The Huu-ay-aht have been here for thousands of years, but the village of Bamfield also has a long history that dates back to the early 1900s when it became the end of the trans-Pacific telegraph cable.
The cable station was later turned into the Bamfield Marine Sciences Centre, a joint research venture between several Canadian universities.
Bamfield also became a lifeline for those stranded by shipwrecks when the West Coast Trail opened and a life boat station was added to aid in rescues. The trail, which ends in Bamfield, is now a popular recreational hike for the intrepid.
The village itself thrived on commercial fishing, but when the industry on the Pacific Coast fell on hard times, the commercial vessels that worked out of Bamfield largely disappeared.
Economic fortunes turned to the scenic shorelines, unique character and proximity to untouched nature. Family-owned lodges have long welcomed guests looking for a remote getaway or top-class sport fishing.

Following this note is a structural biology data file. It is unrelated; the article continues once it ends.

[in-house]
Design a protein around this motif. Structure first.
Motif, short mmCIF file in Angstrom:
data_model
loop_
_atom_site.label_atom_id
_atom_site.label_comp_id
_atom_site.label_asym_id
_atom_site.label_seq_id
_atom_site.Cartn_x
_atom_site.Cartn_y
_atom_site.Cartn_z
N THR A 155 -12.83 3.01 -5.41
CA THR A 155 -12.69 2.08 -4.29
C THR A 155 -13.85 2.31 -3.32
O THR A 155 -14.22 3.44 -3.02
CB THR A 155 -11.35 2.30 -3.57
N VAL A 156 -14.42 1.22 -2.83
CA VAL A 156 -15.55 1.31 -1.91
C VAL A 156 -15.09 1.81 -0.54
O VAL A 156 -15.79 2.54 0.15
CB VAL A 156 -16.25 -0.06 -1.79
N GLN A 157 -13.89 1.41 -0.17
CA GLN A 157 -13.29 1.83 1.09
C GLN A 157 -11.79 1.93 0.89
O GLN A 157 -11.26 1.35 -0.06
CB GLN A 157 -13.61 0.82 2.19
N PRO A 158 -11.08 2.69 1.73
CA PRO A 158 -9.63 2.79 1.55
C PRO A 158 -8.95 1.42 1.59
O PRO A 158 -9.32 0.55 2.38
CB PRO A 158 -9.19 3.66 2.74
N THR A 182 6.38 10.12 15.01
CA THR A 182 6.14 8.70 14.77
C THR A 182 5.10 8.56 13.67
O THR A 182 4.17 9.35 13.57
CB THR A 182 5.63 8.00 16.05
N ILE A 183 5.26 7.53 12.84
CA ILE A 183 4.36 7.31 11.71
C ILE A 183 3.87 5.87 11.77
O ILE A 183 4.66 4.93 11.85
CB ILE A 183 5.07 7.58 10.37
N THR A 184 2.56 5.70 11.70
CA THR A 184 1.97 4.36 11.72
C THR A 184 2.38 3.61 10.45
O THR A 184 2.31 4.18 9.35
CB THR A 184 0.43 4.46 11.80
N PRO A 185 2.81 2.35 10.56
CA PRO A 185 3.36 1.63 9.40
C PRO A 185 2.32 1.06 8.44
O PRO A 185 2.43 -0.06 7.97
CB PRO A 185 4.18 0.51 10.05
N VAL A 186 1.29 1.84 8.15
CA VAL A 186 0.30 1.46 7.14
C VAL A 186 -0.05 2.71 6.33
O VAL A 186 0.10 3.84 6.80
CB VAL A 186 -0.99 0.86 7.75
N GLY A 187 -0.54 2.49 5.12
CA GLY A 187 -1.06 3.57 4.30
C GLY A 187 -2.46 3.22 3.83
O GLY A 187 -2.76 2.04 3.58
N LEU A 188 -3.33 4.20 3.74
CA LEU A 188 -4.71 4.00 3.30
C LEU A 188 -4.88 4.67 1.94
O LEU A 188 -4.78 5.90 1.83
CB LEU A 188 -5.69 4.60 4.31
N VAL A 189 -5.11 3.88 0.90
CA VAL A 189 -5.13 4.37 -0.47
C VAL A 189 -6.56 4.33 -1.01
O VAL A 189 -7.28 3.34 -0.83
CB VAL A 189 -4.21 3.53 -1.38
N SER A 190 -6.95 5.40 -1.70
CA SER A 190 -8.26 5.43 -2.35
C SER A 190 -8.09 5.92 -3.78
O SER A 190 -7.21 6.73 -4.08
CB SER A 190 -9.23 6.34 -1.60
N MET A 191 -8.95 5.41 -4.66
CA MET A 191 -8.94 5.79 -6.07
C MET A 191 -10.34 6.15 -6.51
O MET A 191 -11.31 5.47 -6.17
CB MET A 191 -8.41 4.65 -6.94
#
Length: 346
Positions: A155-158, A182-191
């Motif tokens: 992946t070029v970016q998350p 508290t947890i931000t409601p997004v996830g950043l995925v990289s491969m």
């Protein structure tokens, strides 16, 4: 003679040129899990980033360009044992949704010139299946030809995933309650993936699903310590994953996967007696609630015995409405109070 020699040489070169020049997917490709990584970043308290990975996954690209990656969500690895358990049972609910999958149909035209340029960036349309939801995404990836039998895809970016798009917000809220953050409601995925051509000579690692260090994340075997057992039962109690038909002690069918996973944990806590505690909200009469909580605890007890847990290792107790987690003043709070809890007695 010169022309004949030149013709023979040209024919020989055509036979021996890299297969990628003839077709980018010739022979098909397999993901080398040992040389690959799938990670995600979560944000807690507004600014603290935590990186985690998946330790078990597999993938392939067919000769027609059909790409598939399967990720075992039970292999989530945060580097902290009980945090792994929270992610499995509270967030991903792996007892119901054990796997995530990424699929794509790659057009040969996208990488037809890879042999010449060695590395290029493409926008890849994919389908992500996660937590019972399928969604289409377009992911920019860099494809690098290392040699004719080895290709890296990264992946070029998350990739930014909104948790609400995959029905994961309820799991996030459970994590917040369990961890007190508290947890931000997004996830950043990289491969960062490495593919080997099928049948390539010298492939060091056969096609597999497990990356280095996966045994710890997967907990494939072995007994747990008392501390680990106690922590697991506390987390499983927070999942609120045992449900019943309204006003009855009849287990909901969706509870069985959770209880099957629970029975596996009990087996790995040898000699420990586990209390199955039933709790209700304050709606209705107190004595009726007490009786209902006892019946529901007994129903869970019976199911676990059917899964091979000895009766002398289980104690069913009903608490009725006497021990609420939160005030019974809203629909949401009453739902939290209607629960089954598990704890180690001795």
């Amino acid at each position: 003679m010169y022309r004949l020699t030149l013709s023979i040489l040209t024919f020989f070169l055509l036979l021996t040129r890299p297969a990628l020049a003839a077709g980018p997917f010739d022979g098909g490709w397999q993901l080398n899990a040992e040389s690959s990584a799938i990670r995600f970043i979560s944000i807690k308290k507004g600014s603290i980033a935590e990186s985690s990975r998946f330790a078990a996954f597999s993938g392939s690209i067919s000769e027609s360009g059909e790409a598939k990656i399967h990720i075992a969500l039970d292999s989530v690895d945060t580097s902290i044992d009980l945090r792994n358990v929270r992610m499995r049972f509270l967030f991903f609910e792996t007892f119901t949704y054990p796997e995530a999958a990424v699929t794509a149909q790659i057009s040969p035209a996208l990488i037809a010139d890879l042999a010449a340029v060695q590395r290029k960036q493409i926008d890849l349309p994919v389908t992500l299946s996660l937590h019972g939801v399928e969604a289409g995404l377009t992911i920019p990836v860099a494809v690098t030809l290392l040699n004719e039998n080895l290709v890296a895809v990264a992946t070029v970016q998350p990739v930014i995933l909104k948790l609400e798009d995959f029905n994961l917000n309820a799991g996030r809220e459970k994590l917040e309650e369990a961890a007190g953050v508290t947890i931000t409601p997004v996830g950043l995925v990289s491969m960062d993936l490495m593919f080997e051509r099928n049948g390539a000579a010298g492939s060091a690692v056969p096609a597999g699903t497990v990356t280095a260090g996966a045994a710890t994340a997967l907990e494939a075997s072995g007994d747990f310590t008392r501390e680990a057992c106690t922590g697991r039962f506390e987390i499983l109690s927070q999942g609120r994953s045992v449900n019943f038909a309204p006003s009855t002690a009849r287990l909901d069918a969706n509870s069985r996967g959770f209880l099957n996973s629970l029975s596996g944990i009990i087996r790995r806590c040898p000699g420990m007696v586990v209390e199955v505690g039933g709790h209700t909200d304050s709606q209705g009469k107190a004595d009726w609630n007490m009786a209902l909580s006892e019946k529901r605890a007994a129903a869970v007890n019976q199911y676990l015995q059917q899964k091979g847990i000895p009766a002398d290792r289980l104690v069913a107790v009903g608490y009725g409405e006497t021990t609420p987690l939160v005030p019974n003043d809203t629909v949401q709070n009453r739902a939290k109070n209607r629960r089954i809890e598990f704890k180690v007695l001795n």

But the path to a flourishing tourism industry has been as bumpy as the long and winding logging road that brings most people to town.
Standing on the soft sand with the choppy expanse of Pacheena Bay stretching out to the wild Pacific Ocean, Trevor Cootes first saw the potential for expanding tourism in Bamfield.
For about 50 years, the Huu-ay-aht have operated a popular campground at Pachena Bay, at its settlement in Anacla and just down the road from Bamfield.
“It's kind of a hidden gem and secret,” Cootes says. "Huu-ay-aht are trying to change that and spread the word.”
Cootes was raised in Port Alberni but came to work at the campground in the late 1990s.
“I don't think tourism was quite at that place yet to see a lot of development,” he says. “Now, it is in a much different place, not only for First Nations but for B.C. and Canadian tourism.”